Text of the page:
45. The modeling system according to claim 26, wherein the first hollow body, prior to heating, is placed at least partially into a second hollow body consisting of a material that cannot be thermoplastically deformed with at least a partial area of the second hollow body accommodating at least a partial area of the first hollow body in a form-closed manner.
46. The modeling system according to claim 45, wherein the second hollow body is of heatable construction and also effects heating of the first hollow body.
47. The modeling system according to claim 45, wherein the second hollow body is provided with at least one cut-out.
48. The modeling system according to claim 47, wherein the cut-out has an ellipsoidal or annular shape.
49. The modeling system according to claim 45, wherein the second hollow body is of one-piece construction and the first hollow body remains in it after the deformations have been produced.
50. The modeling system according to claim 45, wherein the second hollow body consists of at least two portions which can be interconnected with each other and at least partially disconnected, the connection of which is at least partially separated to allow the first hollow body to be accommodated prior to the method being carried out and removed after implementation of the method has been completed.
51. The modeling system according to claim 50, wherein the second hollow body consists of two parts that are slewably connected and can be snapped open or close.
52. The modeling system according to claim 45, wherein the second hollow body has a tubular form.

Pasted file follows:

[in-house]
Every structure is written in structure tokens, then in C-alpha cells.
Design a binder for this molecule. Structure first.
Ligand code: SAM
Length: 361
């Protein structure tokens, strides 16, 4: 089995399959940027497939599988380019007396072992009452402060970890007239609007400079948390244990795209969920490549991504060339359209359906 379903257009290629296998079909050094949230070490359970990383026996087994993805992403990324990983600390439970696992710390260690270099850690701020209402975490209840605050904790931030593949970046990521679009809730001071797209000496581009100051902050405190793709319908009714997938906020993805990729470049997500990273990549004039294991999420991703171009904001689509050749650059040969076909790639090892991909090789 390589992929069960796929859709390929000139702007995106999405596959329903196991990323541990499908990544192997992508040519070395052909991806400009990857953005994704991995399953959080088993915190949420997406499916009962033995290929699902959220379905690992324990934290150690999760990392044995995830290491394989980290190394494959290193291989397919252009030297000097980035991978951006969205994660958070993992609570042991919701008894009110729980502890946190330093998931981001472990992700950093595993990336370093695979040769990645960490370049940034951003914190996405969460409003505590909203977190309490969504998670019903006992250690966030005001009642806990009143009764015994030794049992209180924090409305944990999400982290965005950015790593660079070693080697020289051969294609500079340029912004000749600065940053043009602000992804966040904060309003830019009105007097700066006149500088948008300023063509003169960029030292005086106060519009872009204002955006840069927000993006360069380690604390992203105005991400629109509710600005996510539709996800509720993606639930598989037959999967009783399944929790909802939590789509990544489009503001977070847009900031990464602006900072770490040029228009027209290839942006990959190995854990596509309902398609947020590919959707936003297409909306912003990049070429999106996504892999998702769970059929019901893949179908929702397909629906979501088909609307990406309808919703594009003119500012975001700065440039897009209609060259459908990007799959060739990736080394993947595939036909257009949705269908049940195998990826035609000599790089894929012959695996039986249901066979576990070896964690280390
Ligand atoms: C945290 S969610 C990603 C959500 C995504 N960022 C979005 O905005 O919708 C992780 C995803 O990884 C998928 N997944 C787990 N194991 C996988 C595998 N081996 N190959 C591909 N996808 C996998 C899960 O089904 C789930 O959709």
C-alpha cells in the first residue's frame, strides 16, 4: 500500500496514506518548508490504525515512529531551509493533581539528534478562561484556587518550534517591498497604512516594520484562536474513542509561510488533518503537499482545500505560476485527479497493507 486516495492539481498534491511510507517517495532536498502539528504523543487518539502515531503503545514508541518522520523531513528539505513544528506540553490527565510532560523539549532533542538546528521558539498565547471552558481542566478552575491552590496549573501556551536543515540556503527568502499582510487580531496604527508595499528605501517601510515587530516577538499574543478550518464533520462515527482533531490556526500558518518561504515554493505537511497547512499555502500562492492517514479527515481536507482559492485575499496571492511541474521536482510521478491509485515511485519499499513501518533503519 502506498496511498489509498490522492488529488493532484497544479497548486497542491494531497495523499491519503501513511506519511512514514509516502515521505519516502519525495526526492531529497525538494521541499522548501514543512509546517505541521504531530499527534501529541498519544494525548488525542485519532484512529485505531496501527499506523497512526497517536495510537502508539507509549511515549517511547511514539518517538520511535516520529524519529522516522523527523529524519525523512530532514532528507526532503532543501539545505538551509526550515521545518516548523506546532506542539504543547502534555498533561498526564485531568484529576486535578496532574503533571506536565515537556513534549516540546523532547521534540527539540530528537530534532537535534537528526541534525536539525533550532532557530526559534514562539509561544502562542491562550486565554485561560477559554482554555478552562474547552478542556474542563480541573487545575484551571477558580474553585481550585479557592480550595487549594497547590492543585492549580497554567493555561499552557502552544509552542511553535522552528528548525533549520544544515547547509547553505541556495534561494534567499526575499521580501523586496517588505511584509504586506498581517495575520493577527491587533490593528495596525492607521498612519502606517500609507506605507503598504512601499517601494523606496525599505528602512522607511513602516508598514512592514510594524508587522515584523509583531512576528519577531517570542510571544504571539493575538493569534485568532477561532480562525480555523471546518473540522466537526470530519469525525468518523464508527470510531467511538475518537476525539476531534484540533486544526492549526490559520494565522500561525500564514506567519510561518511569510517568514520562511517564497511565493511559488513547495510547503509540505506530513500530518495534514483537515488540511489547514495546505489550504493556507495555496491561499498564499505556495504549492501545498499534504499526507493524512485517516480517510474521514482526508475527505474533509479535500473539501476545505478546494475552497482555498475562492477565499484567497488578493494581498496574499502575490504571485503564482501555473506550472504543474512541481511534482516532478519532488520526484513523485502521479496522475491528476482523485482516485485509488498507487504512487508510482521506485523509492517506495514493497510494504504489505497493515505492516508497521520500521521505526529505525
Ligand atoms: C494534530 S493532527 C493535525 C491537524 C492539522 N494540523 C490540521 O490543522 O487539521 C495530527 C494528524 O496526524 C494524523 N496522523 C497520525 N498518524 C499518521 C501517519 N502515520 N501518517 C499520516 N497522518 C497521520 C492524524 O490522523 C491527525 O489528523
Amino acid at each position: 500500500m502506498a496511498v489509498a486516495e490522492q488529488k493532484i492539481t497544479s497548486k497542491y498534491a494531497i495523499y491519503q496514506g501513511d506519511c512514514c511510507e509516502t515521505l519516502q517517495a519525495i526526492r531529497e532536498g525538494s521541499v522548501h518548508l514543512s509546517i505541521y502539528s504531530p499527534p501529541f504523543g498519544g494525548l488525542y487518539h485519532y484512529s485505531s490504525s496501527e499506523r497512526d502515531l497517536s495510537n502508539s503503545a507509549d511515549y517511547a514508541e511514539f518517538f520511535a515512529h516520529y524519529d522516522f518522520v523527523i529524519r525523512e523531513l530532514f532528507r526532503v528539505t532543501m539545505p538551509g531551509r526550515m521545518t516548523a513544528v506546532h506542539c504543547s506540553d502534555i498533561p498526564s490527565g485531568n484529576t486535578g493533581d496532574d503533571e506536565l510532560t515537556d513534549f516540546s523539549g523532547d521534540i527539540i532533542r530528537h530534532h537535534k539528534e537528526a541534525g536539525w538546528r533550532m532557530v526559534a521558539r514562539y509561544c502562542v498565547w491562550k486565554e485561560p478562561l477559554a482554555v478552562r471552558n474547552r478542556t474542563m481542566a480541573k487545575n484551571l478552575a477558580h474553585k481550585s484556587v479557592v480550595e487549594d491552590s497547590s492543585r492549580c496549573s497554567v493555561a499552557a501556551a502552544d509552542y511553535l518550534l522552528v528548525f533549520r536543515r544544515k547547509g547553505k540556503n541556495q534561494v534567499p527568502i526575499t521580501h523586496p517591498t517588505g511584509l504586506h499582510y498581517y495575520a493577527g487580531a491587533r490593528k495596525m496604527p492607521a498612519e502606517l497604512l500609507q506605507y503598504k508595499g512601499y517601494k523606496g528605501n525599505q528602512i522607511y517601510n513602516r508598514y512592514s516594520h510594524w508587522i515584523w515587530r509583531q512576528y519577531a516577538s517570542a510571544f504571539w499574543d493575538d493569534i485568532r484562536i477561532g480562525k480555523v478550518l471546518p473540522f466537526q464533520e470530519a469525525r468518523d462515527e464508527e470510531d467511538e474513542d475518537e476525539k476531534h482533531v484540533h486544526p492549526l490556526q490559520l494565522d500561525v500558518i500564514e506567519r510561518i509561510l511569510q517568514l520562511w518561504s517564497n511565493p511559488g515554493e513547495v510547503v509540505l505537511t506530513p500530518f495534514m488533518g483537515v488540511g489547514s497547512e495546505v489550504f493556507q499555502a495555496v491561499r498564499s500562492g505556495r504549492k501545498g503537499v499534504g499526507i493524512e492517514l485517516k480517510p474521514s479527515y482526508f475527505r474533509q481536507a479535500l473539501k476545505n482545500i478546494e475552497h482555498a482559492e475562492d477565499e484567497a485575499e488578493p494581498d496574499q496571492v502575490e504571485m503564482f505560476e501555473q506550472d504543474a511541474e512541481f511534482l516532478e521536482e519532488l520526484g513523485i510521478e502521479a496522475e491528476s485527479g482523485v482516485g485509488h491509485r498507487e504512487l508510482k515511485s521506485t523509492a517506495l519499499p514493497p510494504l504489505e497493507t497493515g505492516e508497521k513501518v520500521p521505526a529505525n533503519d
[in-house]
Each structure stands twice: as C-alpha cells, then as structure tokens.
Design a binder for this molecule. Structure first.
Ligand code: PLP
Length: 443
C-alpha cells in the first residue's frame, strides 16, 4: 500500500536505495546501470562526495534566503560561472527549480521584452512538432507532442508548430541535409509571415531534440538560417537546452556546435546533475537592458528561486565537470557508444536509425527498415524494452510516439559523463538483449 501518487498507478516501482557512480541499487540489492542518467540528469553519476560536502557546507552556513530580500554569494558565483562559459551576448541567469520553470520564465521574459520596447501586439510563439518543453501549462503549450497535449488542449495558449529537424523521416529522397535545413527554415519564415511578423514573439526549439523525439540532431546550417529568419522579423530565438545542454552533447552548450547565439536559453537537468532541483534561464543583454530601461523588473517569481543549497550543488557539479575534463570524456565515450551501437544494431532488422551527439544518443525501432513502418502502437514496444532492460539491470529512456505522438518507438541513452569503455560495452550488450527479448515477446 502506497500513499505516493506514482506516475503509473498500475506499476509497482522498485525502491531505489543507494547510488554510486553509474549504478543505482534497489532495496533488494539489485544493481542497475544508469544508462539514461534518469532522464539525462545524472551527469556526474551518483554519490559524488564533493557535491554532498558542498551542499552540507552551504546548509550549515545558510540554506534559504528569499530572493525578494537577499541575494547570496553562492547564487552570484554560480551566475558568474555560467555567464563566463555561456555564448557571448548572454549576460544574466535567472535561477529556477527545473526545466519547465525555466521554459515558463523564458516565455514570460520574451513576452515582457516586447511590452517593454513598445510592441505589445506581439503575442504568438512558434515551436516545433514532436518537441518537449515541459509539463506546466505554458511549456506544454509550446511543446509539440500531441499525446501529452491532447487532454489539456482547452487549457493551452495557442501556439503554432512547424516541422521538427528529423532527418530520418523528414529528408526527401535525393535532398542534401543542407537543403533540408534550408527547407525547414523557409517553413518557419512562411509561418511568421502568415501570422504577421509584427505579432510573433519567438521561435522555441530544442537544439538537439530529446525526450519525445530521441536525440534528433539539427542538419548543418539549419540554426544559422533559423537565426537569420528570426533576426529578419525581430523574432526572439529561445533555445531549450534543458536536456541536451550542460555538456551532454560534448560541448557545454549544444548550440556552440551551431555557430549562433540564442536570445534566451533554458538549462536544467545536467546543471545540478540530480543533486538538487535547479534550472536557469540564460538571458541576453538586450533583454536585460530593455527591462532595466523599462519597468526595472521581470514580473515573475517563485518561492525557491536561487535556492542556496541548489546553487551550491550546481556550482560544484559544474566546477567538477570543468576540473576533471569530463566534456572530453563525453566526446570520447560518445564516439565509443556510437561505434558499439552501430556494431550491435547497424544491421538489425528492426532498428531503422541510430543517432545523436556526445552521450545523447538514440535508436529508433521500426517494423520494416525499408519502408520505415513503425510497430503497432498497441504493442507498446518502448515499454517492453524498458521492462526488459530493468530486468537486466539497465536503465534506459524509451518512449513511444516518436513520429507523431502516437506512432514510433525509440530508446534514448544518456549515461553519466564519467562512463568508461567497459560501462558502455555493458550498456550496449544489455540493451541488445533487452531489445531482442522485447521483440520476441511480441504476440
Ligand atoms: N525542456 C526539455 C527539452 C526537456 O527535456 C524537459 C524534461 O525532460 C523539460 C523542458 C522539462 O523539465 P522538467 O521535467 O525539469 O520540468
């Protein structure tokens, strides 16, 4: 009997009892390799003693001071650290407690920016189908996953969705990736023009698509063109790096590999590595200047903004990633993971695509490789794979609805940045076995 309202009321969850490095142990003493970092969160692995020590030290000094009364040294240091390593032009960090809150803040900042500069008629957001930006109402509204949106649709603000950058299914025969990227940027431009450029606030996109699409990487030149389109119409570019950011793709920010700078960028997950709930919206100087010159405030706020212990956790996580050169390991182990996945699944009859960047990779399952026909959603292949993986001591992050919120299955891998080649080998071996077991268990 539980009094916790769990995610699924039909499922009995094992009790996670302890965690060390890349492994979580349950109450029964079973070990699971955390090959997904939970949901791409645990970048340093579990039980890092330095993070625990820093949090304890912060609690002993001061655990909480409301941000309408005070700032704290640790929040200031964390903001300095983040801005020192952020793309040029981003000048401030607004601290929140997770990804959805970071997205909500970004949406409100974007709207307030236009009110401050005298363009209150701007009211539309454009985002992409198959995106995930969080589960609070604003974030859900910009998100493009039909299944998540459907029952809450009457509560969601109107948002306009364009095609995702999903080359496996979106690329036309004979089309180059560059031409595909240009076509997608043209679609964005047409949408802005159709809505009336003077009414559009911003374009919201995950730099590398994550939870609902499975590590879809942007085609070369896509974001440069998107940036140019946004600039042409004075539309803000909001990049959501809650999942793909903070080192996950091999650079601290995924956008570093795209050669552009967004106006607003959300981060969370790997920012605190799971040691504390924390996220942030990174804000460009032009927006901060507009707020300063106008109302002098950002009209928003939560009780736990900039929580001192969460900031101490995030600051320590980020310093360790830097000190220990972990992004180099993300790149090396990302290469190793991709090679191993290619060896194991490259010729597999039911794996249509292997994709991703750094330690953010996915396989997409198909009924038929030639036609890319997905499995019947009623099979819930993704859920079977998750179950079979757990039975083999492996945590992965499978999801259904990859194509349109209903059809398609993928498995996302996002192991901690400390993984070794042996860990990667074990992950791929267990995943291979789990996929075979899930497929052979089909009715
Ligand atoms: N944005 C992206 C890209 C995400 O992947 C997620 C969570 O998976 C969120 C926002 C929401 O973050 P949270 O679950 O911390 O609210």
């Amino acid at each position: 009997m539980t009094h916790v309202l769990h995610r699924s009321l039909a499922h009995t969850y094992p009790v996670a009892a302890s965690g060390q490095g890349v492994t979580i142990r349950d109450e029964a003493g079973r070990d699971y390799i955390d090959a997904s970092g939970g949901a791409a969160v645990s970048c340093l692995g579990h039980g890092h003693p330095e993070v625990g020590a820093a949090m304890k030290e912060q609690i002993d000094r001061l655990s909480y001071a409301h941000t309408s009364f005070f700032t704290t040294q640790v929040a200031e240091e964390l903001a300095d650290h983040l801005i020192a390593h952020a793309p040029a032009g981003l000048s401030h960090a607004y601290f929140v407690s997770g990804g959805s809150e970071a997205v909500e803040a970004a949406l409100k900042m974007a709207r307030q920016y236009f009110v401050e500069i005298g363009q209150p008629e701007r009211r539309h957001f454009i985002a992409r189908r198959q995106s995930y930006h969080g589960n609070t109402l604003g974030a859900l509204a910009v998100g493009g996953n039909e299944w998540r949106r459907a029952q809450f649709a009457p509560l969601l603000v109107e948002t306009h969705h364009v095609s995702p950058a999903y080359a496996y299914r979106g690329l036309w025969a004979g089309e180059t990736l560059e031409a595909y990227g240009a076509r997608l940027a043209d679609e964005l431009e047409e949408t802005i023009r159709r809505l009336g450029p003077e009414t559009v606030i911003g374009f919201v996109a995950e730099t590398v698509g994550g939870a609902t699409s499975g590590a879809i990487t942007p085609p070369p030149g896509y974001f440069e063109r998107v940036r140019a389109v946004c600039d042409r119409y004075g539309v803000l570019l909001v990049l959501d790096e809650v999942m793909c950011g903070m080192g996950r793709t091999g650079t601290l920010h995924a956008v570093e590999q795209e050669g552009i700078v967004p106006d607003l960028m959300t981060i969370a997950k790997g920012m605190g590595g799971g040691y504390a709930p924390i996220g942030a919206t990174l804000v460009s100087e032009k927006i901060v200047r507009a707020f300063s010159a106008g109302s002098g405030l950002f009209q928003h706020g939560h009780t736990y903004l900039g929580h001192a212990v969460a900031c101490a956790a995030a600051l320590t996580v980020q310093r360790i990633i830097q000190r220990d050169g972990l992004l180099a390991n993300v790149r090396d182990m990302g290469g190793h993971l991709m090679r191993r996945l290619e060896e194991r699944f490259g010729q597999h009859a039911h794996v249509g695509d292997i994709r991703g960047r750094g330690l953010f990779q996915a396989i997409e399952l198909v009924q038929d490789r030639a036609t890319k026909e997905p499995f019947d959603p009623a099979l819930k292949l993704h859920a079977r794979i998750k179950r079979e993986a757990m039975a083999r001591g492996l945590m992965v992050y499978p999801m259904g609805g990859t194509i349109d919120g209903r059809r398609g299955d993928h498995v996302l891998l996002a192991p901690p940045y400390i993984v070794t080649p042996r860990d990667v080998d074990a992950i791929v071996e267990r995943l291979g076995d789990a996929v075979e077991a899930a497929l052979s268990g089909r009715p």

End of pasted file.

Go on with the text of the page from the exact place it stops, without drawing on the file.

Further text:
53. The modeling system according to claim 45, wherein the local heating is applied in a spotwise manner.
54. The modeling system according to claim 53, wherein the second hollow body has at least one cut-out and the first hollow body having been introduced into the second hollow body is heated in a spot-like manner from the outside in at least one of the areas located under the cut-outs.
55. The modeling system according to claim 52, wherein the first hollow body comprises a hose segment that fits in a form-closed manner into the second hollow body of tubular design, with the longitudinal dimension of said first body exceeding the length of the second hollow body so that after a partial area of the hose segment has been placed inside the tube and such partial area or areas of the hose segment not inside the tube have subsequently been heated up and subjected to pressure a dilatation of this or these areas will take place, with the non-heated partial area which is embraced by the form-closed tube will maintain its original diameter as well as its original wall thickness.
Description